a proposition in hydrodynamics according to which there is zero resistant force acting on a body in uniform and rectilinear motion within an unbounded fluid that has no viscosity, eddying, and surface of velocity discontinuity. This principle was stated by the French scientist J. d’AIembert in 1744 and by the St. Petersburg academician L. Euler in 1745. The absence of resistance to the body’s motion by the fluid, under the above hydrodynamic assumptions, is rigorously proved mathematically for both incompressible and compressible fluids. Physically, the absence of resistance is explained by the fact that under these conditions the flow should close in behind the moving body, and thus the fluid exerts an action on the rear portion of the body which balances the action (which always occurs) in the front.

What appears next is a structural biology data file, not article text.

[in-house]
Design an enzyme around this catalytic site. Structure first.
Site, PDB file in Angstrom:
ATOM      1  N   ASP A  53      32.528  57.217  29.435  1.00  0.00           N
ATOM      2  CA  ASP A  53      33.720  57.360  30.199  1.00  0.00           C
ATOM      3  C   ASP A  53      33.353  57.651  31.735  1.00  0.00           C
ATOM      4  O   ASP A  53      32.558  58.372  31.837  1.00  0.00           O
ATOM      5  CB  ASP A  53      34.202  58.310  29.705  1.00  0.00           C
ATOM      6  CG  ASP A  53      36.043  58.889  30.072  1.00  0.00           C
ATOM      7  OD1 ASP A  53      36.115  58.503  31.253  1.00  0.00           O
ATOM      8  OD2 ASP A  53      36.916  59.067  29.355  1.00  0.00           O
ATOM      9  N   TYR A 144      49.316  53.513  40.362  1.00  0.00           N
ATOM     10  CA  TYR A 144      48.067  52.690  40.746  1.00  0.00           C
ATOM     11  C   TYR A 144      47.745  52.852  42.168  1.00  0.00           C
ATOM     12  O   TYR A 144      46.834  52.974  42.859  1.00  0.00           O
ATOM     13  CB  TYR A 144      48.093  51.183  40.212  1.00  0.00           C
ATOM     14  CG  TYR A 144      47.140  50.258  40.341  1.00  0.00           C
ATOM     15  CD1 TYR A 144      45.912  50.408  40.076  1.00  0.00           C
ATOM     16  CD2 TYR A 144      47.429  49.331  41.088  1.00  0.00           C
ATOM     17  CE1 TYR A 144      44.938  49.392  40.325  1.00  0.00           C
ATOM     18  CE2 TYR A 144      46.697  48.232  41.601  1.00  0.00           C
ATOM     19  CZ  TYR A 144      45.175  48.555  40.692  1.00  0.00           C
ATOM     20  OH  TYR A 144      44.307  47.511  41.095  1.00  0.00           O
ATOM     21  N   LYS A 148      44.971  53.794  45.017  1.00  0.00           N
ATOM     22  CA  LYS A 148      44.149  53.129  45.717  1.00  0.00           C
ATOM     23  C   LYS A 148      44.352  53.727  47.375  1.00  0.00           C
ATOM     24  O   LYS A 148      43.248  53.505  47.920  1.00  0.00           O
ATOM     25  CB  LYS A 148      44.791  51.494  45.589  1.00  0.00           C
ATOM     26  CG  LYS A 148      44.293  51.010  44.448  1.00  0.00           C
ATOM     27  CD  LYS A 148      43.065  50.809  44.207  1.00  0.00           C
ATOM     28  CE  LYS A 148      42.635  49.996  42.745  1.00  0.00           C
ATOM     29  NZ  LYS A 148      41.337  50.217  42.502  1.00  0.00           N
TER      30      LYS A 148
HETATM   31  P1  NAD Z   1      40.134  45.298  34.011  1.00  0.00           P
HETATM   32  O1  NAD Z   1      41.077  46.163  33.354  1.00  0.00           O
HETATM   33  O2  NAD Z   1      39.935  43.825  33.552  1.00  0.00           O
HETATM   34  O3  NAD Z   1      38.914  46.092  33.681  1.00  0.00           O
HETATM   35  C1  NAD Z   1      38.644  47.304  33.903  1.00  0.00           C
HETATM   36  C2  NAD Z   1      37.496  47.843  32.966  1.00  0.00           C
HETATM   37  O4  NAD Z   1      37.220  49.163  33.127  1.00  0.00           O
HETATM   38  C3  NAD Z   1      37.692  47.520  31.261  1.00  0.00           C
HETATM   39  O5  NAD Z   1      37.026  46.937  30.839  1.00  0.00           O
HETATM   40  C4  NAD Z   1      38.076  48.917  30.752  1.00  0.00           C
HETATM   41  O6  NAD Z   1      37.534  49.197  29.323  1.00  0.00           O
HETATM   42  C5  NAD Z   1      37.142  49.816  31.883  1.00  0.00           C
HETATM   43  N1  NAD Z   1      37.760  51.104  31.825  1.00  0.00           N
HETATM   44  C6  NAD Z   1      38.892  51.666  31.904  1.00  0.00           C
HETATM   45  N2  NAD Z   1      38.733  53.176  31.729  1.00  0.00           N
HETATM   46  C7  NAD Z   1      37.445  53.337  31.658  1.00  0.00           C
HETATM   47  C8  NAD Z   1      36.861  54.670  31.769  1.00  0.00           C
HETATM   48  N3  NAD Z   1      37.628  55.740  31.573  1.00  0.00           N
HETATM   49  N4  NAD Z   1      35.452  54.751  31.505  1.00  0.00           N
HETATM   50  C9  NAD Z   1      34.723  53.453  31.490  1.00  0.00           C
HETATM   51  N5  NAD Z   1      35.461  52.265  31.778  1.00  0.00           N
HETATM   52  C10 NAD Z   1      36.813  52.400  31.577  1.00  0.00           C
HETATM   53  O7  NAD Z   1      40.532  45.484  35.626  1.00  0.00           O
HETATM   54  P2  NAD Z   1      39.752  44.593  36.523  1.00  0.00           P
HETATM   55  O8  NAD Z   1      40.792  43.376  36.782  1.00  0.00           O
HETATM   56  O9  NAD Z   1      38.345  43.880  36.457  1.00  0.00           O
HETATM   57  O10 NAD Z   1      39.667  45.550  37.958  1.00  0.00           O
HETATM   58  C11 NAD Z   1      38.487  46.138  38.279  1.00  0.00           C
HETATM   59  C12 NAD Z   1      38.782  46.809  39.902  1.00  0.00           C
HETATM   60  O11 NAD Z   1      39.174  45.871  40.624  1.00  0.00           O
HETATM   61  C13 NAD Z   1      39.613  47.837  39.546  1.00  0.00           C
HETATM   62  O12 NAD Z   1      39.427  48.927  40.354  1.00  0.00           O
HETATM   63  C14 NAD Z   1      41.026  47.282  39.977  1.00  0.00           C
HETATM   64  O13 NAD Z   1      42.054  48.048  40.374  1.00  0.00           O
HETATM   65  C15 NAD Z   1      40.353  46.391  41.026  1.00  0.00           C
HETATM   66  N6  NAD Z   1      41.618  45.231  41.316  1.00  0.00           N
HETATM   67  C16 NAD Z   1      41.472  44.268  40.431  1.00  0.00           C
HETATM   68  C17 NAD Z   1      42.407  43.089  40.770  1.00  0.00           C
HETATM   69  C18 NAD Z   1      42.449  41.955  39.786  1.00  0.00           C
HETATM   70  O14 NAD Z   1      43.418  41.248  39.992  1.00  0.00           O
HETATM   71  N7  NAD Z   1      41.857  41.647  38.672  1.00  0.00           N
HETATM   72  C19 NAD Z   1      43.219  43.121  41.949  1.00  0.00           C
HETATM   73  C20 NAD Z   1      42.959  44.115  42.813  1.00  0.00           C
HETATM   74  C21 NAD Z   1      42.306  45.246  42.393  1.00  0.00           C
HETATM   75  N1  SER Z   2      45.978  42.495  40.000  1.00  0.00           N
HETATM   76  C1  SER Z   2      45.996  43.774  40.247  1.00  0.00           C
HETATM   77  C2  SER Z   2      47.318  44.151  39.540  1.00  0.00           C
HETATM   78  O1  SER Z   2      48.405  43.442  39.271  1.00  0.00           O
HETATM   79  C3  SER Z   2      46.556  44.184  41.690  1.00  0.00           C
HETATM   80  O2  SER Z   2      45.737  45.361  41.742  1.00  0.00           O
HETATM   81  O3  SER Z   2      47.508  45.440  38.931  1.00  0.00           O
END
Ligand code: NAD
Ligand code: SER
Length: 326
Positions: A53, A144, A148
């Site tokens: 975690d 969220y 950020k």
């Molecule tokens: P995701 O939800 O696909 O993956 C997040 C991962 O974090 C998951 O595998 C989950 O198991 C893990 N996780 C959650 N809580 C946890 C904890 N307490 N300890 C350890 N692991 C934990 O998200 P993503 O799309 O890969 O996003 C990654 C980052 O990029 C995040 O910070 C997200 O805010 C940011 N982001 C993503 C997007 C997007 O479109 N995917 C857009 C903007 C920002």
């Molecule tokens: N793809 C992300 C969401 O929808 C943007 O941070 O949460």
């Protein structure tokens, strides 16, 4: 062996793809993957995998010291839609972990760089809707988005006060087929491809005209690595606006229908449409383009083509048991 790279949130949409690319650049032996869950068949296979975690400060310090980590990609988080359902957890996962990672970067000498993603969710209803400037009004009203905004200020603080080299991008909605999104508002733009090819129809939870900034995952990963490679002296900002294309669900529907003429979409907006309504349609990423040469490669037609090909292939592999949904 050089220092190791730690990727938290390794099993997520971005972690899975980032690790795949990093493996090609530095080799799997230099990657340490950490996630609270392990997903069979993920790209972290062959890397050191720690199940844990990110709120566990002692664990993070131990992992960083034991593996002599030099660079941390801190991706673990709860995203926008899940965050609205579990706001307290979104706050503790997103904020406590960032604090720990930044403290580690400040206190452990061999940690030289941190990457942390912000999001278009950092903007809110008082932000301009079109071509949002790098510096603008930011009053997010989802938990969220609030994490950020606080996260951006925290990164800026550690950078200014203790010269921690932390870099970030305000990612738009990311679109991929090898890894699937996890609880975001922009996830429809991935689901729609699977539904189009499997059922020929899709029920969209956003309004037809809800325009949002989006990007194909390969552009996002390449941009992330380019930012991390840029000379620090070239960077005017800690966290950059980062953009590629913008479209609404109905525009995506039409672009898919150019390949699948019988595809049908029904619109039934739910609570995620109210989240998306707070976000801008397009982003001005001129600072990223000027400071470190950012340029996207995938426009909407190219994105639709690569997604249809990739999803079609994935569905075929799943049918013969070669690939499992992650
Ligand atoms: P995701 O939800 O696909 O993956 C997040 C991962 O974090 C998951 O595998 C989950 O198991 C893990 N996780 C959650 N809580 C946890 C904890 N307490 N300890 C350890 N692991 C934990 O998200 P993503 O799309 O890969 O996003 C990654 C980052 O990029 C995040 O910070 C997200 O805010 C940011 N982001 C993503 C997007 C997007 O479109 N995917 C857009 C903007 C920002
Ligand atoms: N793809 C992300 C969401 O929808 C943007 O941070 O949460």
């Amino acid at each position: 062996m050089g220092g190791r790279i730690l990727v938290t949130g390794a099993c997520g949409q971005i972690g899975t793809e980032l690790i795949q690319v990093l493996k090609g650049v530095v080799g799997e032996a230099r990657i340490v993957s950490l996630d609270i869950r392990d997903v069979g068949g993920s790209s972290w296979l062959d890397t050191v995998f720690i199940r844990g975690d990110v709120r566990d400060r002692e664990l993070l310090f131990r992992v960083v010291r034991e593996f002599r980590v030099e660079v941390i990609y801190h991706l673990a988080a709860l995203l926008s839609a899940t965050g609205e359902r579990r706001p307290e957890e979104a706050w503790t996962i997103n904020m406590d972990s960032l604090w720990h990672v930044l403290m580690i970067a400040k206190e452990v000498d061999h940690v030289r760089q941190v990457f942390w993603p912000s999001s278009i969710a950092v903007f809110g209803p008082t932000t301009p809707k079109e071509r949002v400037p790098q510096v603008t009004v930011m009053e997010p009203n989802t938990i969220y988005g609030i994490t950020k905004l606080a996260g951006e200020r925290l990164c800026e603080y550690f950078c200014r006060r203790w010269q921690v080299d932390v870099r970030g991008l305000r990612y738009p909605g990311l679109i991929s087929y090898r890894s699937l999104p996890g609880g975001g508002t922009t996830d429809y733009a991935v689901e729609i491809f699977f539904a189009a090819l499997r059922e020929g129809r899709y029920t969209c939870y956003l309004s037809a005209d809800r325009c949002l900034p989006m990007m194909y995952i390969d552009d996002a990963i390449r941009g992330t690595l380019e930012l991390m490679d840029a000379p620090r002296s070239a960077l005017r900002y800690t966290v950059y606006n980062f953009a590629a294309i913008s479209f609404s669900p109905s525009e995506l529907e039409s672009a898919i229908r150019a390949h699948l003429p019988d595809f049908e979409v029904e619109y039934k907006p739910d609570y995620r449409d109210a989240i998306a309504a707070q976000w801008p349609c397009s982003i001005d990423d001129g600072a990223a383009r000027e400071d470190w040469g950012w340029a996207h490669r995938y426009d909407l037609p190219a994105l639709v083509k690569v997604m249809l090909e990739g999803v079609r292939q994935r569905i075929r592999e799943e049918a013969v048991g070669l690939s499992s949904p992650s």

In reality a body moving in a liquid or gas always experiences resistance. The contradiction between reality and the substance of the d’Alembert-Euler paradox is explained by the fact that the assumptions on which the proof of the paradox is constructed are not fulfilled under actual conditions. When a body moves in a fluid there will always be a viscosity of the fluid, eddying (particularly behind the body), and the occurrence of surface of velocity discontinuity. All of these factors cause the fluid to resist the motion of a body.